Controversy is a state of prolonged public dispute or debate, usually concerning a matter of opinion. The word was coined from the Latin controversia, as a composite of controversus – "turned in an opposite direction," from contra – "against" – and vertere – to turn, or versus (see verse), hence, "to turn against."
Perennial areas of controversy include history, religion, philosophy and politics. Other minor areas of controversy may include economics, science, finances, and race. Controversy in matters of theology has traditionally been particularly heated, giving rise to the phrase odium theologicum. Controversial issues are held as potentially divisive in a given society, because they can lead to tension and ill will.
In the theory of law, a controversy differs from a legal case; while legal cases include all suits, criminal as well as civil, a controversy is a purely civil proceeding.
For example, the Case or Controversy Clause of Article Three of the United States Constitution (Section 2, Clause 1) states that "the judicial Power shall extend ... to Controversies to which the United States shall be a Party". This clause has been deemed to impose a requirement that United States federal courts are not permitted to hear cases that do not pose an actual controversy—that is, an actual dispute between adverse parties which is capable of being resolved by the court. In addition to setting out the scope of the jurisdiction of the federal judiciary, it also prohibits courts from issuing advisory opinions, or from hearing cases that are either unripe, meaning that the controversy has not arisen yet, or moot, meaning that the controversy has already been resolved.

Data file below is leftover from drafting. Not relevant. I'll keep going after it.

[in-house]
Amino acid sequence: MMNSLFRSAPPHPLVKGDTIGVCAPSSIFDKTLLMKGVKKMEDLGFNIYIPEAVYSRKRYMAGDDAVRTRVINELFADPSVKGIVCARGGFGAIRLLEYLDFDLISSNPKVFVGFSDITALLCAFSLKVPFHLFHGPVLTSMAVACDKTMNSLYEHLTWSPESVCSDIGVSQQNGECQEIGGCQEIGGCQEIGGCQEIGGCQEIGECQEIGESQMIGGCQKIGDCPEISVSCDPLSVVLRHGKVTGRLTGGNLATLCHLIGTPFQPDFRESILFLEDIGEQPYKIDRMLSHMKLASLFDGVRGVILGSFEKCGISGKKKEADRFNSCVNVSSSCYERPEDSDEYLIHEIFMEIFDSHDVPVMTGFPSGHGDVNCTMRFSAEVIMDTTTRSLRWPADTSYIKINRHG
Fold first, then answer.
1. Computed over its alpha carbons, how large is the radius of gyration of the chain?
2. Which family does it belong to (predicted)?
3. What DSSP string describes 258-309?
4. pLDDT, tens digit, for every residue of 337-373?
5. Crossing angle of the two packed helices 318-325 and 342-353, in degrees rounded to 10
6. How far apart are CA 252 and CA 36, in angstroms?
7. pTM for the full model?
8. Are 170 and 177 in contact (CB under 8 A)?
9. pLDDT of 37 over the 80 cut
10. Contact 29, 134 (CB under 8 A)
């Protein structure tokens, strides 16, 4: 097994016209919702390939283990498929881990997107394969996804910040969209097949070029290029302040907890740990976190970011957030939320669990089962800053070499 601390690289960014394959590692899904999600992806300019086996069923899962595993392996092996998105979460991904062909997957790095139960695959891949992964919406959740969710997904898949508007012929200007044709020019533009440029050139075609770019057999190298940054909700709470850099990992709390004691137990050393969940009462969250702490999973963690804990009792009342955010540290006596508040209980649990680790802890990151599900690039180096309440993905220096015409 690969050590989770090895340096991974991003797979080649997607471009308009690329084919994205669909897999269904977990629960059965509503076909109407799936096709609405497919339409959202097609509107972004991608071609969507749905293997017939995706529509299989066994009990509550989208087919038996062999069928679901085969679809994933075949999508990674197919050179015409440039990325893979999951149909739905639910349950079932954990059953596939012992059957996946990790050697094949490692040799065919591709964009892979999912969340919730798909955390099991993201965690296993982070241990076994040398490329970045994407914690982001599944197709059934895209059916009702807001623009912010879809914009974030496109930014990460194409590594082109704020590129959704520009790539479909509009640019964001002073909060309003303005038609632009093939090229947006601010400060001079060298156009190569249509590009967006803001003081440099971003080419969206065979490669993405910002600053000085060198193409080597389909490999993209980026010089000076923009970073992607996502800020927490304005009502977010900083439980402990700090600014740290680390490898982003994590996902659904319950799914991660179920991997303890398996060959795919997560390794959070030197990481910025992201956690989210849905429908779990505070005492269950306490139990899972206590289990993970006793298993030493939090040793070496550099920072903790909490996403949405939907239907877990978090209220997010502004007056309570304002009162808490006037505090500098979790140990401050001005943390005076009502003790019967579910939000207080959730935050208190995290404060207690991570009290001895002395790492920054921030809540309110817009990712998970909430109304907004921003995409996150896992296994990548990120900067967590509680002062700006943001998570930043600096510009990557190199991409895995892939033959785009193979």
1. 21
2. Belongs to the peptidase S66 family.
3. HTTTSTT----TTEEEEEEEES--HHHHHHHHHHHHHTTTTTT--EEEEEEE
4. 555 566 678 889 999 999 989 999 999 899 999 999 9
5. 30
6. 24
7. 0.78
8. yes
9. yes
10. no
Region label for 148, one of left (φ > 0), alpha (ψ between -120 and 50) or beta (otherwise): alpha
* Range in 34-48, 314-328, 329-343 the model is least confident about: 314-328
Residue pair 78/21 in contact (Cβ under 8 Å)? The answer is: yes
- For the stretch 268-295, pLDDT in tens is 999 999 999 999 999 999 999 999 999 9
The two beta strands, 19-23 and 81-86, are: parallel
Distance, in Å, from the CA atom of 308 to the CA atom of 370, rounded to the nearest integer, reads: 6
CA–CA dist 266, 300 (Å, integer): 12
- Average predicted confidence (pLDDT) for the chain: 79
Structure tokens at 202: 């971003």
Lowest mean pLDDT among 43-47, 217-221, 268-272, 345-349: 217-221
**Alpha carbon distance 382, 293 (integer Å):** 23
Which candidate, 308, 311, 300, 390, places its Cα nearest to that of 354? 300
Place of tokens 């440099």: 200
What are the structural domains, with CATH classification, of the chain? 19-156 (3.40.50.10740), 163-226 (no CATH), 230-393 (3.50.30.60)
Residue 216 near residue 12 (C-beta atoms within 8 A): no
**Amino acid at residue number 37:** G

Benford's law of controversy
Benford's law of controversy, as expressed by science-fiction author Gregory Benford in 1980, states: Passion is inversely proportional to the amount of real (true) information available. In other words, the fewer facts are known to and agreed on by the participants, the more controversy there is, and the more is known the less controversy there is. Thus, for example, controversies in physics are limited to areas where experiments cannot be carried out yet, whereas Benford's Law implies that controversy is inherent to politics, where communities must frequently decide on courses of action based on insufficient information.
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